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Anything with the power to kill is sure to cause distrust and unease. If not banned outright, such a thing is regulated. Guns and automobiles are good examples. They are regulated--too much according to their manufacturers, not enough according to some citizen groups. Likewise, pesticides. What can kill a rat or a tree, or a mouse or a blade of grass, can kill you too, say some. It is all a matter of correct usage, others claim.
``People are concerned about having toxic chemicals in their environment,'' said Greg Krouse of Neighbors Against Herbicides. Most recently it has been the use of Garlon--or its parent chemical triclopyr--that has unsettled some Comptche residents. Over the Summer a number of residents developed mysterious flu-like symptoms that led Krouse to suspect the use of Garlon in timber lands near Comptche.
``These people,'' said Krouse, ``were generally in areas that were bordering harvested timber areas. There was a major clear cut, followed by spraying; and more recently it was burned.''
So far, nothing has been proven one way or the other.
At issue is public health and the health of the environment, and the use of Garlon. The matter has come up a number of times since 1985, according to Agricultural Commissioner Dave Bengston.
Now it has come before the Mendocino Forest Council, a group appointed by the Mendocino Board of Supervisors to study forest issues. The council met December 4 of last year, and they will meet again January 10.
The use of Garlon has risen dramatically in the last few years. In 1989 almost no land was treated by timber companies. By 1994 almost 9,000 acres were treated.
But according to Bengston, it is not one of the ``hot'' pesticides that are being used in the county. Others, such as organo-phosphates, cause him more concern, he said. He is sympathetic to those who are concerned but said he places more value on the opinion of those with a Ph.D in chemistry.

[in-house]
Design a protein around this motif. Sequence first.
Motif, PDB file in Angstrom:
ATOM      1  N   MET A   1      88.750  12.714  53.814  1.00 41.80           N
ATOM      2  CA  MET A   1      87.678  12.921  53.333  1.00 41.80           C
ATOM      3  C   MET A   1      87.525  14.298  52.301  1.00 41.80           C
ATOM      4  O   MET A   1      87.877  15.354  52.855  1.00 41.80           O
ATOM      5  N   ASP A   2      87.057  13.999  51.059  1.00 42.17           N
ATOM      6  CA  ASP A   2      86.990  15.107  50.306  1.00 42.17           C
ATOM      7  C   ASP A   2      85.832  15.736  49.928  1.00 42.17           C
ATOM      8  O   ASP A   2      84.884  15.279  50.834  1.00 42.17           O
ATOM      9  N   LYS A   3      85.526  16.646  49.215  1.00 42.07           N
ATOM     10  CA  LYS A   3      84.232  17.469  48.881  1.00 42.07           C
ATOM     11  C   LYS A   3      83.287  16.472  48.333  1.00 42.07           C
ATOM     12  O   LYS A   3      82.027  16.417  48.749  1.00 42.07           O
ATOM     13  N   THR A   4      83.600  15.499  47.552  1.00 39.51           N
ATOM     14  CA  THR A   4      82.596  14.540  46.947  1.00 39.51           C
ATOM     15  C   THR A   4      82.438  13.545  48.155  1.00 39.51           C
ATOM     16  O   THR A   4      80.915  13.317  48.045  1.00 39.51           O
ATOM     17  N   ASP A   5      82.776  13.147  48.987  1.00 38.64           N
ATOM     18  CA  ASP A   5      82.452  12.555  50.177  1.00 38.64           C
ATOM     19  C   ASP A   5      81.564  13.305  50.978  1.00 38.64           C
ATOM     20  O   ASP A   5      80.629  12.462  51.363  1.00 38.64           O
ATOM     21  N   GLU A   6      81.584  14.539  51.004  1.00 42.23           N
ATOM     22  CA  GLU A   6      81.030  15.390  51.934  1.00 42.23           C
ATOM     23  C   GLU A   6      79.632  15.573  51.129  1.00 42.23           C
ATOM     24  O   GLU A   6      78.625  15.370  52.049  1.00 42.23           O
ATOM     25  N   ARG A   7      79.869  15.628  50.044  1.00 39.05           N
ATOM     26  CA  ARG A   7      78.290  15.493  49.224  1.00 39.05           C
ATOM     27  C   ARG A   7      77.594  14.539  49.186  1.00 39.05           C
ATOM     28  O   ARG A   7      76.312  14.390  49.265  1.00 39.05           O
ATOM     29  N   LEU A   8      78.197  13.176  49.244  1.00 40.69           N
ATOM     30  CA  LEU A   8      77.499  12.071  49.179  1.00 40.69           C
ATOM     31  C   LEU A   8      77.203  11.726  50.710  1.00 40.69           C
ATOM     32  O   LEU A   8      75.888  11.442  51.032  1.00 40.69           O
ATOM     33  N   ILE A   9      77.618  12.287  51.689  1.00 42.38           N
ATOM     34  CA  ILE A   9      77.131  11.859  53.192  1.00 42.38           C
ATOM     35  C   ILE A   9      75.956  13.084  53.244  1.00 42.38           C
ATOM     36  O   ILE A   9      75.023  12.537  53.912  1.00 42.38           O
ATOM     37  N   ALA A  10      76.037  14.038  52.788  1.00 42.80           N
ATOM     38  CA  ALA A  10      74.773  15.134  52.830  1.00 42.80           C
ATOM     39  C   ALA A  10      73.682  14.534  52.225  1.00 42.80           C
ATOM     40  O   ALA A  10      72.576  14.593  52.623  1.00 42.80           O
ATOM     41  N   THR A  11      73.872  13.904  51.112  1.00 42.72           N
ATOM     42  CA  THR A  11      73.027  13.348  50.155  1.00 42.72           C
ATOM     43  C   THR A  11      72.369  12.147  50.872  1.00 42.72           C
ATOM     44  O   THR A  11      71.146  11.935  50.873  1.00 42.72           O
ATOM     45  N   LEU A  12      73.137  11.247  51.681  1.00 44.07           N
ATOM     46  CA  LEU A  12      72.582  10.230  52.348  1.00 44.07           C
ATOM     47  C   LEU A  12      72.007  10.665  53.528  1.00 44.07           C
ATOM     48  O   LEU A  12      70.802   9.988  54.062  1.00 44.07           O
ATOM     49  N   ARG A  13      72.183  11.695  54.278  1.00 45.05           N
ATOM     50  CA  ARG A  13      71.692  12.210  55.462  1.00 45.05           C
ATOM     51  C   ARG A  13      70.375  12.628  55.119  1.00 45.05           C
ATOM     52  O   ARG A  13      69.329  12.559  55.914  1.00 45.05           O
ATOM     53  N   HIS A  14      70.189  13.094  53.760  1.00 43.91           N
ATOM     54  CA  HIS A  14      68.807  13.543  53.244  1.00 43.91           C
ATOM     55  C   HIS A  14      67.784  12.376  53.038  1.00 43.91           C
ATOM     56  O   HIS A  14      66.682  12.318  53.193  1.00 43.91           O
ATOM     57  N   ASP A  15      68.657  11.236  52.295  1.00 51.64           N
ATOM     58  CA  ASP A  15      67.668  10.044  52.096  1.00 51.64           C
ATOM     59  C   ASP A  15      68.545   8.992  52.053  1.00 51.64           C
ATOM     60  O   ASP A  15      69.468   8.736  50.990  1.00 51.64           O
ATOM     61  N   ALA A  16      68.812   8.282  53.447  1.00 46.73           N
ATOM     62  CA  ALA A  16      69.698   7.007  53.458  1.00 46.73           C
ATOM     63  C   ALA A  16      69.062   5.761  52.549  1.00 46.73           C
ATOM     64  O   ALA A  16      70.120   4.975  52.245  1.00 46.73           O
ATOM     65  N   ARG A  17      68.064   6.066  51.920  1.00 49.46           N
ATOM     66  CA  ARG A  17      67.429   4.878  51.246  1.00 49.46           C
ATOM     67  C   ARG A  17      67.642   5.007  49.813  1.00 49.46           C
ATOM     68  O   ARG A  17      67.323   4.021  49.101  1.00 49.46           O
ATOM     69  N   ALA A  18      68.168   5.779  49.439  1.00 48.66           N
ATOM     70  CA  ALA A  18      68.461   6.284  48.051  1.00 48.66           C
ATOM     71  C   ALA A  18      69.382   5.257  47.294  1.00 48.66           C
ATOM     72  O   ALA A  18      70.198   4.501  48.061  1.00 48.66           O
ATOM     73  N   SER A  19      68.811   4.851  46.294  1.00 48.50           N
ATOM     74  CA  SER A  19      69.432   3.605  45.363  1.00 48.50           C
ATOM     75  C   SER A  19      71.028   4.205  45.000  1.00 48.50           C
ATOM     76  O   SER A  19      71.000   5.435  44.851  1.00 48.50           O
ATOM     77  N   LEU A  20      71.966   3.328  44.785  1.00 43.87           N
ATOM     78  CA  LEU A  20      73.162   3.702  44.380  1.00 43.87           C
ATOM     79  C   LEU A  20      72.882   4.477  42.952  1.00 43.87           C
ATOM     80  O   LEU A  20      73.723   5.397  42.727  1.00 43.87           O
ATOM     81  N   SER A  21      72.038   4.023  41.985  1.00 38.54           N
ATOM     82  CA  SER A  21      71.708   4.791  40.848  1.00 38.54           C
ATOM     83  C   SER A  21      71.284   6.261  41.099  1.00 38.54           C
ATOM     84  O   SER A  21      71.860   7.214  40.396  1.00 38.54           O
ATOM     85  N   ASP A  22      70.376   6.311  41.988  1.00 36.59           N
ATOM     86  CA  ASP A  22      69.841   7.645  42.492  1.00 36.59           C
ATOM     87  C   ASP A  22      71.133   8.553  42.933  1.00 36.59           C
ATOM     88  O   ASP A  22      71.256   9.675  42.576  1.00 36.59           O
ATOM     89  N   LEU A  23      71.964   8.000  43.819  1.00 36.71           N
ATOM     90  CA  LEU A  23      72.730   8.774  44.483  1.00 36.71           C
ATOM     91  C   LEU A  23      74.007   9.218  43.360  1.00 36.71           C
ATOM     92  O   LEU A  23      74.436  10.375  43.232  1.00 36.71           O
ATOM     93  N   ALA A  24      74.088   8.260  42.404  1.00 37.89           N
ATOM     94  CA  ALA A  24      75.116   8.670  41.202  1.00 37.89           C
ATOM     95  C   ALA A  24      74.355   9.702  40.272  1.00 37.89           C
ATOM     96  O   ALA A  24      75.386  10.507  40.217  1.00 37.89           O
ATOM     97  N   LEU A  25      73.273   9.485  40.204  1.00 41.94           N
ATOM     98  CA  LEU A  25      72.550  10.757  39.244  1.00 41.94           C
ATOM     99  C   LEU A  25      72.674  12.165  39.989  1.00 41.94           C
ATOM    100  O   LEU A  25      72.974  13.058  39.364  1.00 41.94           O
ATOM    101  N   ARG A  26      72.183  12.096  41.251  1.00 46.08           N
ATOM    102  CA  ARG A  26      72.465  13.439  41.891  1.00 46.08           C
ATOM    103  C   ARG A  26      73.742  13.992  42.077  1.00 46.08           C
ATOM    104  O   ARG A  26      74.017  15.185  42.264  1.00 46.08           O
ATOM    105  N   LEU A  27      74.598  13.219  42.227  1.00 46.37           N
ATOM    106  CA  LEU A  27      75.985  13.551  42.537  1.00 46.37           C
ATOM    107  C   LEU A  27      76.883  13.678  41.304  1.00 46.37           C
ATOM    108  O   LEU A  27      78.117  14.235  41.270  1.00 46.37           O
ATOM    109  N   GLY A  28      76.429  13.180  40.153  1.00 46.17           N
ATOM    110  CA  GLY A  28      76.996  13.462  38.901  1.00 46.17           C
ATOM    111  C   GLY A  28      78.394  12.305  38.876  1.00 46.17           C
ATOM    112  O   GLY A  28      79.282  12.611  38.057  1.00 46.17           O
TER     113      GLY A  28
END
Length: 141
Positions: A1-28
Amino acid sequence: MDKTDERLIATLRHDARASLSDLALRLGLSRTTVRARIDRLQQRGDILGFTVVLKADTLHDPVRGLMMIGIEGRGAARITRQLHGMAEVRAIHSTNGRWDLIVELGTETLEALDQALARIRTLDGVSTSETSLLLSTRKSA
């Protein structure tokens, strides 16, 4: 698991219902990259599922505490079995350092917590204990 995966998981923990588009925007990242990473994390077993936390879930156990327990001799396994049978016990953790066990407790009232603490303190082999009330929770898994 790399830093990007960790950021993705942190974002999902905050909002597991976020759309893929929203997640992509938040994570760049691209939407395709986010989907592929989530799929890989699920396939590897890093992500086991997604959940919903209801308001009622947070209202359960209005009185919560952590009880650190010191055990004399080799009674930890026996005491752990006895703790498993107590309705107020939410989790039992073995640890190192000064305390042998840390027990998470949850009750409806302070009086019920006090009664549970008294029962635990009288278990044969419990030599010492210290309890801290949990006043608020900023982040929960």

``Most herbicides,'' said Bengston, ``don't have long-term toxic effects toward animal life.'' Most, he said, are directed towards weeds. ``I can think of a few herbicides that are `hot' with respect to workers and worker safety,'' but triclopyr is not one of them.
Garlon has been shown by most studies to be relatively safe if used ``according to directions,'' but Neighbors Against Herbicides does not trust it. Krause said that studies were either done by Dow Chemical, which he does not trust, or by research financed by Dow. He claims research has been inadequate or poorly done.
Said Krouse of the herbacide manufacturers, ``They can do these little minute regulatory things--do three or four basic studies to get minimally registered--at which point it becomes physically impossible to get them (the pesticides) out.''
Krouse claimed that if the data is falsified to get approval, it is ``still difficult to get them out because someone has to prove that the data is false.'' That he said happened with Agent Orange and Roundup.
The Mendocino Forest Council is studying the issues. However, any resolutions passed by the Forest Council will have no legal effect.
Currently State law does not allow counties to regulate the use of pesticides.'' There are some exceptions that can be exercised by the Agricultural Commissioner, but there are not many. ``You can't go out and take away a whole class of chemicals,'' said Pete Passof, Forest Advisor Emeritus with UC Davis and a member of the Forest Council.